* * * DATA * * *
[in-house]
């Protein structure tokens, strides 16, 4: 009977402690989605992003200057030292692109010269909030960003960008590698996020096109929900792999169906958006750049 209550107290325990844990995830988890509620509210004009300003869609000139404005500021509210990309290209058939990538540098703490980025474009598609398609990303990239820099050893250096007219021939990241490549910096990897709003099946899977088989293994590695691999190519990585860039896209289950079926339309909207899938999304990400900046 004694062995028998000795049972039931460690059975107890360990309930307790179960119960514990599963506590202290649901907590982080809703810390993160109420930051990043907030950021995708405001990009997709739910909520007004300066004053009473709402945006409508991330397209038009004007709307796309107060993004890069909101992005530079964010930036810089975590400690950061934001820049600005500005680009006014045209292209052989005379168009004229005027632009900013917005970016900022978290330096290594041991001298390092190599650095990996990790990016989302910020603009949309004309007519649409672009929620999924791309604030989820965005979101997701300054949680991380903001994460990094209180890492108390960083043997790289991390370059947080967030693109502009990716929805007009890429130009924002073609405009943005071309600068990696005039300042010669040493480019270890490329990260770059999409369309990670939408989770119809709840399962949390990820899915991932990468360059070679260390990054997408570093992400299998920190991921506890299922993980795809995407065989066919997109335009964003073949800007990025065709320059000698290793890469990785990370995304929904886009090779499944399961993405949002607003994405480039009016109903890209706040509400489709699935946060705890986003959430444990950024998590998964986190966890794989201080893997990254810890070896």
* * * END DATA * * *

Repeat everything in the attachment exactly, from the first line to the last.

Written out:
[in-house]
């Protein structure tokens, strides 16, 4: 009977402690989605992003200057030292692109010269909030960003960008590698996020096109929900792999169906958006750049 209550107290325990844990995830988890509620509210004009300003869609000139404005500021509210990309290209058939990538540098703490980025474009598609398609990303990239820099050893250096007219021939990241490549910096990897709003099946899977088989293994590695691999190519990585860039896209289950079926339309909207899938999304990400900046 004694062995028998000795049972039931460690059975107890360990309930307790179960119960514990599963506590202290649901907590982080809703810390993160109420930051990043907030950021995708405001990009997709739910909520007004300066004053009473709402945006409508991330397209038009004007709307796309107060993004890069909101992005530079964010930036810089975590400690950061934001820049600005500005680009006014045209292209052989005379168009004229005027632009900013917005970016900022978290330096290594041991001298390092190599650095990996990790990016989302910020603009949309004309007519649409672009929620999924791309604030989820965005979101997701300054949680991380903001994460990094209180890492108390960083043997790289991390370059947080967030693109502009990716929805007009890429130009924002073609405009943005071309600068990696005039300042010669040493480019270890490329990260770059999409369309990670939408989770119809709840399962949390990820899915991932990468360059070679260390990054997408570093992400299998920190991921506890299922993980795809995407065989066919997109335009964003073949800007990025065709320059000698290793890469990785990370995304929904886009090779499944399961993405949002607003994405480039009016109903890209706040509400489709699935946060705890986003959430444990950024998590998964986190966890794989201080893997990254810890070896």